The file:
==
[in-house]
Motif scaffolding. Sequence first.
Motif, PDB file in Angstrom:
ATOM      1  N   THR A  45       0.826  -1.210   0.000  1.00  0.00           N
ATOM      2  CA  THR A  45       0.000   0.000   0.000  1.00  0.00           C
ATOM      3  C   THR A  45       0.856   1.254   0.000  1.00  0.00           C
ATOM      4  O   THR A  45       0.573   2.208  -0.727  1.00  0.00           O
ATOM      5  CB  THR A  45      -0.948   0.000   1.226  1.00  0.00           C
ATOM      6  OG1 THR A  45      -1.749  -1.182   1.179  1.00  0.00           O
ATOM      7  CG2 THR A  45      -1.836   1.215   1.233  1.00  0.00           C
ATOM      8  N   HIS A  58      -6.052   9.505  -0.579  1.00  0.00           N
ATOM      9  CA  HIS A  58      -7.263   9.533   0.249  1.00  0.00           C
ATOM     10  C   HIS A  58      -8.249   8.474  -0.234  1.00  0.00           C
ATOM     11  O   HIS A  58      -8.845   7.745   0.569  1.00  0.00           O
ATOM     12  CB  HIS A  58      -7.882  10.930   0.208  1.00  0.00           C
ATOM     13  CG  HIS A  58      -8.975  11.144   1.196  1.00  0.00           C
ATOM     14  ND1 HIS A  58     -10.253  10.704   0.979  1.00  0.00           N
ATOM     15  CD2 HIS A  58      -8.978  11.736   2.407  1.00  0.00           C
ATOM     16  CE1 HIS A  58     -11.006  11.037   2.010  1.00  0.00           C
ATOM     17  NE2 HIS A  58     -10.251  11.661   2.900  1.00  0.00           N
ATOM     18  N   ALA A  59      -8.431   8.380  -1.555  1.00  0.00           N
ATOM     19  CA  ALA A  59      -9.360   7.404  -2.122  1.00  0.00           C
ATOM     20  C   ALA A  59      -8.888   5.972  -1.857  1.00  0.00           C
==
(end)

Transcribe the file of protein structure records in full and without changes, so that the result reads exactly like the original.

[in-house]
Motif scaffolding. Sequence first.
Motif, PDB file in Angstrom:
ATOM      1  N   THR A  45       0.826  -1.210   0.000  1.00  0.00           N
ATOM      2  CA  THR A  45       0.000   0.000   0.000  1.00  0.00           C
ATOM      3  C   THR A  45       0.856   1.254   0.000  1.00  0.00           C
ATOM      4  O   THR A  45       0.573   2.208  -0.727  1.00  0.00           O
ATOM      5  CB  THR A  45      -0.948   0.000   1.226  1.00  0.00           C
ATOM      6  OG1 THR A  45      -1.749  -1.182   1.179  1.00  0.00           O
ATOM      7  CG2 THR A  45      -1.836   1.215   1.233  1.00  0.00           C
ATOM      8  N   HIS A  58      -6.052   9.505  -0.579  1.00  0.00           N
ATOM      9  CA  HIS A  58      -7.263   9.533   0.249  1.00  0.00           C
ATOM     10  C   HIS A  58      -8.249   8.474  -0.234  1.00  0.00           C
ATOM     11  O   HIS A  58      -8.845   7.745   0.569  1.00  0.00           O
ATOM     12  CB  HIS A  58      -7.882  10.930   0.208  1.00  0.00           C
ATOM     13  CG  HIS A  58      -8.975  11.144   1.196  1.00  0.00           C
ATOM     14  ND1 HIS A  58     -10.253  10.704   0.979  1.00  0.00           N
ATOM     15  CD2 HIS A  58      -8.978  11.736   2.407  1.00  0.00           C
ATOM     16  CE1 HIS A  58     -11.006  11.037   2.010  1.00  0.00           C
ATOM     17  NE2 HIS A  58     -10.251  11.661   2.900  1.00  0.00           N
ATOM     18  N   ALA A  59      -8.431   8.380  -1.555  1.00  0.00           N
ATOM     19  CA  ALA A  59      -9.360   7.404  -2.122  1.00  0.00           C
ATOM     20  C   ALA A  59      -8.888   5.972  -1.857  1.00  0.00           C